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10.22.15 2k15 (6)10.10.15 2k15 (5)
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2k15 (3)

A constantly updated list of albums on my radar for 2015.
1Jam City
Dream A Garden

"Like post-punk, Dream a Garden is contextualized within the complications of resistance as it relates to the completely insane notion that you can protect yourself from the overwhelming force of capital through music. Jam City is dreaming a vision of escape associated with the artistic, schizoid act of adapting his masterful design process into a narrative that involves (questionable) ethics: his garden is creatively privatized, only accessible through loose sign exchange symbolizing universal love and protest." [some good stuff about punk/DIY ideology here as well]

2Jamie xx
In Colour

"That clash of feeling, of being overwhelmed by everything at once while also wanting to zoom in on and live inside the tiniest detail, is the animating force of In Colour ... It’s the album as raucous party where the thrill of the moment never quite obliterates the wistful sadness that comes from knowing it will all end too soon."

3Jay Rock

"Jay Rock’s taken the message to heart on his sophomore album 90059, which dramatically shifts the focus of his studio work from making him look tough and cool to illuminating the human struggles beneath."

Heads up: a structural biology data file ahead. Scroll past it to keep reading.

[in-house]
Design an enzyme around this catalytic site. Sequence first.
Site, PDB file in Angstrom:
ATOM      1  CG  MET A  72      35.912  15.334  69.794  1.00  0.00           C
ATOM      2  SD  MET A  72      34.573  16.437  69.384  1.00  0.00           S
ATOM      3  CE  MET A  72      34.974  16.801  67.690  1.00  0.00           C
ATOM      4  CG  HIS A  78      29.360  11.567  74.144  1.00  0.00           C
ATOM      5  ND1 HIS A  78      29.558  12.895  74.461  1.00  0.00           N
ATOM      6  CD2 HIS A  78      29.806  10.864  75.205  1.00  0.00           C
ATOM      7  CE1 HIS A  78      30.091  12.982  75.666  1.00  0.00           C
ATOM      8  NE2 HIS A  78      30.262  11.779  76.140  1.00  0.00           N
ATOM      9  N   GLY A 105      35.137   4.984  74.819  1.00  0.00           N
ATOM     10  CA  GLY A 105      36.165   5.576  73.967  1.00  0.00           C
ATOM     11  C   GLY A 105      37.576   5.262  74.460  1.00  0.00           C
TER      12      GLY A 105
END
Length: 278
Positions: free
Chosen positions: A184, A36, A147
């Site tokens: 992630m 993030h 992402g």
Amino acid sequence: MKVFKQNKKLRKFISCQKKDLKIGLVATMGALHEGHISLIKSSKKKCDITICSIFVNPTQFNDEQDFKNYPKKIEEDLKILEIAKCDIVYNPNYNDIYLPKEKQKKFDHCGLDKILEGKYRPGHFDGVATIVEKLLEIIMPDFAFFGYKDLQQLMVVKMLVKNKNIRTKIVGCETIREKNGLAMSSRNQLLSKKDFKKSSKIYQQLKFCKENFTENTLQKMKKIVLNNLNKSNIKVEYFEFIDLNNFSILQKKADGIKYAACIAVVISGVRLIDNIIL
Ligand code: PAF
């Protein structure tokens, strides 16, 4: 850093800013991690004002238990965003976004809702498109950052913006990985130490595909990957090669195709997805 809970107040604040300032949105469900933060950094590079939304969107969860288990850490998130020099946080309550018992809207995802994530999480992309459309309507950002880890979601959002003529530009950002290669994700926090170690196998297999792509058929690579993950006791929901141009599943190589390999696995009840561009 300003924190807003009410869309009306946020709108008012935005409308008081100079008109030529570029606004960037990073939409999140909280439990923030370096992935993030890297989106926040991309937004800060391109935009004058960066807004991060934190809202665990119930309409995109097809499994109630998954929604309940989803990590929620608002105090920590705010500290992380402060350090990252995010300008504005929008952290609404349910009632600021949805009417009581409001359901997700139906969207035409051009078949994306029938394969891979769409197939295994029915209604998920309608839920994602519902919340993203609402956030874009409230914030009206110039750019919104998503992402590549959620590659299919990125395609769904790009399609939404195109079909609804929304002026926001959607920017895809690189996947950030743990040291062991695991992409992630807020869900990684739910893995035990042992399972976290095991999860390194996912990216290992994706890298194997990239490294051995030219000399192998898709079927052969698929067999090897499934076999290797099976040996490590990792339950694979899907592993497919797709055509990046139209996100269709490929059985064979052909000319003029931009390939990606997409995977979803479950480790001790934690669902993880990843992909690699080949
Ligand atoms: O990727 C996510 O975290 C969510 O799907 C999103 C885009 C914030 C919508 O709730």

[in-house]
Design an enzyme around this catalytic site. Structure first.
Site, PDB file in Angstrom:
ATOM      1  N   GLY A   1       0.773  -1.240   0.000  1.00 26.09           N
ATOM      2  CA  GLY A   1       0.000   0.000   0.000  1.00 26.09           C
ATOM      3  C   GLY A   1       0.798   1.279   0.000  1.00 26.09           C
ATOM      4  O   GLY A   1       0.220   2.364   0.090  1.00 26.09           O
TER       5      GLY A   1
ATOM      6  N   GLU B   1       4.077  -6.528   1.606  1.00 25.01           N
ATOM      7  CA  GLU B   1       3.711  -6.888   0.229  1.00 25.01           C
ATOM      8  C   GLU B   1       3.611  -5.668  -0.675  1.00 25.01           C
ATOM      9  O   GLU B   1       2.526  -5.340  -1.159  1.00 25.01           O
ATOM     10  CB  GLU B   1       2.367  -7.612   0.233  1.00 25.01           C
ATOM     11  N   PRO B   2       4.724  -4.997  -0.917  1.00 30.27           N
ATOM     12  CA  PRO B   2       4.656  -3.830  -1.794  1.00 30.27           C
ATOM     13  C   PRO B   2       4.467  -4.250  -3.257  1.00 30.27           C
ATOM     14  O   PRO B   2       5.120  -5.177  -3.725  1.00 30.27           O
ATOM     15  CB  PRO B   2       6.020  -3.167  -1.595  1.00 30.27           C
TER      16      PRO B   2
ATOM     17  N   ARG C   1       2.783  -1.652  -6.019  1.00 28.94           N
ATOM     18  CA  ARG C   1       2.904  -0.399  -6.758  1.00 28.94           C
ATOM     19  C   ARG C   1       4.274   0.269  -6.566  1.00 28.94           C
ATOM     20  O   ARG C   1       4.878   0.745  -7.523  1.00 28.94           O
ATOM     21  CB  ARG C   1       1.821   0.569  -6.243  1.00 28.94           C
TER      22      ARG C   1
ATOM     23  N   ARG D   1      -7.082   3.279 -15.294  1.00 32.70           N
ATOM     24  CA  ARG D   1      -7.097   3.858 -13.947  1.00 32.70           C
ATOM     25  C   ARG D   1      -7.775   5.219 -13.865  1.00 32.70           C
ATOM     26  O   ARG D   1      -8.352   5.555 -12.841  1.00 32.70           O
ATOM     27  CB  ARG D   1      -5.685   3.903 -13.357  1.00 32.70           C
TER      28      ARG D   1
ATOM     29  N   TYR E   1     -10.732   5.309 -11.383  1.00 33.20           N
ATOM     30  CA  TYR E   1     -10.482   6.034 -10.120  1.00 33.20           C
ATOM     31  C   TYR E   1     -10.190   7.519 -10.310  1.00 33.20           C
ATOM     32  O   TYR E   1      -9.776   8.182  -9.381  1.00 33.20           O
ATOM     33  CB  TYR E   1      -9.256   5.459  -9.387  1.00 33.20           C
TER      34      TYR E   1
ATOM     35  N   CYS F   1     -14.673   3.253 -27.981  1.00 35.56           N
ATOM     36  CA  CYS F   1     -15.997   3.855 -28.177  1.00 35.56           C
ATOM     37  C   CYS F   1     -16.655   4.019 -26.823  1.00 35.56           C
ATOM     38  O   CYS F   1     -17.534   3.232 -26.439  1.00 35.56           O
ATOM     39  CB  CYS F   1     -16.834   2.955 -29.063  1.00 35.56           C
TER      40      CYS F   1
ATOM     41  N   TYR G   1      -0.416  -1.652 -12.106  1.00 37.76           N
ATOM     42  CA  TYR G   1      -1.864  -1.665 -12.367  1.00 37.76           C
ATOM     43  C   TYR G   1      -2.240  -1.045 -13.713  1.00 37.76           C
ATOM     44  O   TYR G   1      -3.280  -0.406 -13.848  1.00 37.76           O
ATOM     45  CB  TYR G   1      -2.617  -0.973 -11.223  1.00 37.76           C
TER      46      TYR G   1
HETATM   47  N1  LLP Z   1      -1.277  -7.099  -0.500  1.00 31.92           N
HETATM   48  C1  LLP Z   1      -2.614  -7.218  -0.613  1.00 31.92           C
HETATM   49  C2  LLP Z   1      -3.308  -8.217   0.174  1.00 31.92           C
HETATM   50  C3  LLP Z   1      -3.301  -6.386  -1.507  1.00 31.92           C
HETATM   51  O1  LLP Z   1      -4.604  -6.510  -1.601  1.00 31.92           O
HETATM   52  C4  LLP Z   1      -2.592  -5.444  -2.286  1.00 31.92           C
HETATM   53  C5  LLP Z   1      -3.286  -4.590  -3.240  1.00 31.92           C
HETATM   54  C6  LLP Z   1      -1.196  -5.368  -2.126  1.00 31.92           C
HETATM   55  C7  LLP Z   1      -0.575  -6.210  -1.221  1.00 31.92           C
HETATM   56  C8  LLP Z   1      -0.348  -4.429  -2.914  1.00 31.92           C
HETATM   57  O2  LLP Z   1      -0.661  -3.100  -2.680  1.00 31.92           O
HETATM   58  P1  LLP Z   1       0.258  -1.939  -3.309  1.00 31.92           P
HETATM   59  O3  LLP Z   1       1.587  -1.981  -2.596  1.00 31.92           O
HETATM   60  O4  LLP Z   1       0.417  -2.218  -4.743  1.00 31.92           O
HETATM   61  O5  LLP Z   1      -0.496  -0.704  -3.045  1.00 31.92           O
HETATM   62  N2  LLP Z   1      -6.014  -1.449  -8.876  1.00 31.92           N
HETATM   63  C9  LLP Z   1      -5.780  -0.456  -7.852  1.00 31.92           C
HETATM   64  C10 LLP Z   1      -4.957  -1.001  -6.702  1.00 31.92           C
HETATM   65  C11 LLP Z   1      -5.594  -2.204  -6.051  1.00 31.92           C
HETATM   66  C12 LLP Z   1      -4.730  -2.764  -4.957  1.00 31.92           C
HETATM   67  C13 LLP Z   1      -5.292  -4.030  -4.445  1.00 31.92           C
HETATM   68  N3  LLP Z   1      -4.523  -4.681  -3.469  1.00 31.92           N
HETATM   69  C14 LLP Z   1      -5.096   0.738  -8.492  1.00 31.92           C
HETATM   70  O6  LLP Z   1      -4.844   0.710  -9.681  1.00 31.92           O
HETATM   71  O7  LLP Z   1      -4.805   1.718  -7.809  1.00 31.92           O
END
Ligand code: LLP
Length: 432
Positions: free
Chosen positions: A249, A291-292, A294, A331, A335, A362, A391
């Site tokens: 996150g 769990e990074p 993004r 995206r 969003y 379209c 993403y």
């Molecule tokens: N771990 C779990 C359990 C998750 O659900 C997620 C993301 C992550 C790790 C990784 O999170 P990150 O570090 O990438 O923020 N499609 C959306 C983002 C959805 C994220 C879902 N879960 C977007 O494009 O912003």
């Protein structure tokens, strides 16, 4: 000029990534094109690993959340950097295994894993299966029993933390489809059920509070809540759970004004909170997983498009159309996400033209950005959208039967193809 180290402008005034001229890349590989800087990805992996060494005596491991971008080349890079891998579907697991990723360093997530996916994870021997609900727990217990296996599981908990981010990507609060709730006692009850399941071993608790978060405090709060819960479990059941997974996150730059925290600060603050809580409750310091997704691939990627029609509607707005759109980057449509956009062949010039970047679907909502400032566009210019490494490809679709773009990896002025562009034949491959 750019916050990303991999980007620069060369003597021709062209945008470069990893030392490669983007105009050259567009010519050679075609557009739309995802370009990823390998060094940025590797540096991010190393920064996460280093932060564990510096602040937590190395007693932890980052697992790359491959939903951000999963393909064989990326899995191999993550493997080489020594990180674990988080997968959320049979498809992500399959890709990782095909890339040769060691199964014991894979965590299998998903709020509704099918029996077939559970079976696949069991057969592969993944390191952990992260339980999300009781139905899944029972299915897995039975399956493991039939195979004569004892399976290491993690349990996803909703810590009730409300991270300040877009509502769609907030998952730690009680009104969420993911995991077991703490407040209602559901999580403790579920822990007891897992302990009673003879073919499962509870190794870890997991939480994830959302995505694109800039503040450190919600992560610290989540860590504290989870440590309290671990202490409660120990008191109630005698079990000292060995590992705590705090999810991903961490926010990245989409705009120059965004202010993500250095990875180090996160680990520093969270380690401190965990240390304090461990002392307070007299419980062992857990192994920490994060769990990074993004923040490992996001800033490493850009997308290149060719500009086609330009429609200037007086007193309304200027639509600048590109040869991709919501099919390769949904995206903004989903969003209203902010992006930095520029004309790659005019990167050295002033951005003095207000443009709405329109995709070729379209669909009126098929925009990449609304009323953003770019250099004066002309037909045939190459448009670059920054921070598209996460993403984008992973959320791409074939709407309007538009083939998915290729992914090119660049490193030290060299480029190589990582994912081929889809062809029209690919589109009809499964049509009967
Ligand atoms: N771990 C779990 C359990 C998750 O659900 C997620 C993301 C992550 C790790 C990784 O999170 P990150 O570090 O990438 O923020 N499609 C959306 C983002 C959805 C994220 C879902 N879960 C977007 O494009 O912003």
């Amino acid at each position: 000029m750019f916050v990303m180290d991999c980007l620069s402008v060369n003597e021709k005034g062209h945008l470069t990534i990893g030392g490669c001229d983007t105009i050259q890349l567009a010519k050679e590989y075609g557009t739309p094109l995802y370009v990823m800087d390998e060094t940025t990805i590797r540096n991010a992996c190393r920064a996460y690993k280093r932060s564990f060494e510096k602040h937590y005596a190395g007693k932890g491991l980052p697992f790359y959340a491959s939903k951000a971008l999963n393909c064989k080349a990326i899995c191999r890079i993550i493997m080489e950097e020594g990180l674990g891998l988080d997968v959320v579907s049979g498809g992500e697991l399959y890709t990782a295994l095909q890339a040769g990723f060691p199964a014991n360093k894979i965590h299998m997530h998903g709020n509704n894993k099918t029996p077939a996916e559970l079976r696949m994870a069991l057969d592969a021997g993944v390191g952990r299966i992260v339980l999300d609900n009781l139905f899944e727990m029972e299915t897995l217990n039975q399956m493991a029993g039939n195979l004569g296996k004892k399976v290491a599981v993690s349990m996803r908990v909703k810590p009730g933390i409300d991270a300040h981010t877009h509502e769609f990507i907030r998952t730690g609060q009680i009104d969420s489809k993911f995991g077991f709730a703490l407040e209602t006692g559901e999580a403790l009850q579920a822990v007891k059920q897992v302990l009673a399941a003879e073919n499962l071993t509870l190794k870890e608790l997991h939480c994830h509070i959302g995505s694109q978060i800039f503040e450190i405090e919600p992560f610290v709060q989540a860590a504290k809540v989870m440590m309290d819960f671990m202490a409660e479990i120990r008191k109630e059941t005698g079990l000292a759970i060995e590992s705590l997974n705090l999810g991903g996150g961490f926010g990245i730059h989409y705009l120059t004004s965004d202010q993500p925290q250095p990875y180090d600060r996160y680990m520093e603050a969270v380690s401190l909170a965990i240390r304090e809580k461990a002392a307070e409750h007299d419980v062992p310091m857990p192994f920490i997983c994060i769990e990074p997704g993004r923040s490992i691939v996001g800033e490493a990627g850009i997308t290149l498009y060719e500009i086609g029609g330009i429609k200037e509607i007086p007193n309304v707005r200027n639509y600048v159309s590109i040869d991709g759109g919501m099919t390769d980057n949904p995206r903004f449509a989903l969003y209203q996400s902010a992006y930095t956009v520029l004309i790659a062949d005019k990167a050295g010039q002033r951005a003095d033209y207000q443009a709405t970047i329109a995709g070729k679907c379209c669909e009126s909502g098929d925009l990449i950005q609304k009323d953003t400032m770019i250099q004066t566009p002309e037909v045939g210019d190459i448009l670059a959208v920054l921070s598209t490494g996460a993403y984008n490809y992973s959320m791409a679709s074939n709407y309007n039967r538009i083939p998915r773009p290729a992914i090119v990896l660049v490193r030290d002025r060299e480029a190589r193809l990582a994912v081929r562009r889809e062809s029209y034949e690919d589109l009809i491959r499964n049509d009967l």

4Jenny Hval
Apocalypse, girl

"[T]he Norwegian artist uses her fifth album to continue investigating themes of dominance, security, and vulnerability as subjective experiences within the confines of her abstract pop."


5Jerusalem in my Heart
If He Dies, If If If If If If

"This new LP picks up largely where the last one, Mo7it Al-Mo7it, left off, pulling together and tearing apart bits and pieces of Arab musical culture and filtering it on down through Moumneh’s experience as a guy with roots in the Middle East living and working in Canada as producer for the likes of Matana Roberts, Eric Chenaux, and Suuns."

6Jessica Pratt
On Your Own Love Again

"Pratt's gorgeous Drag City debut quietly rejects tradition. For all its folk touchstones, Pratt is more an aesthete than a poet—she sings of bleeding watercolors, blue geraniums—and accordingly On Your Own Love Again plays like acoustic dream-pop."

7Jim O'Rourke
Simple Songs

"All of which is to say that Simple Songs is a subtle record that avoids extremes, which also makes it a record out of time. It’s a record that asks you to come to it. If O’Rourke ever felt the need to keep up with every development in music, that time has passed." [P4K] [good bits about shitty music production practices as well]


Dark Energy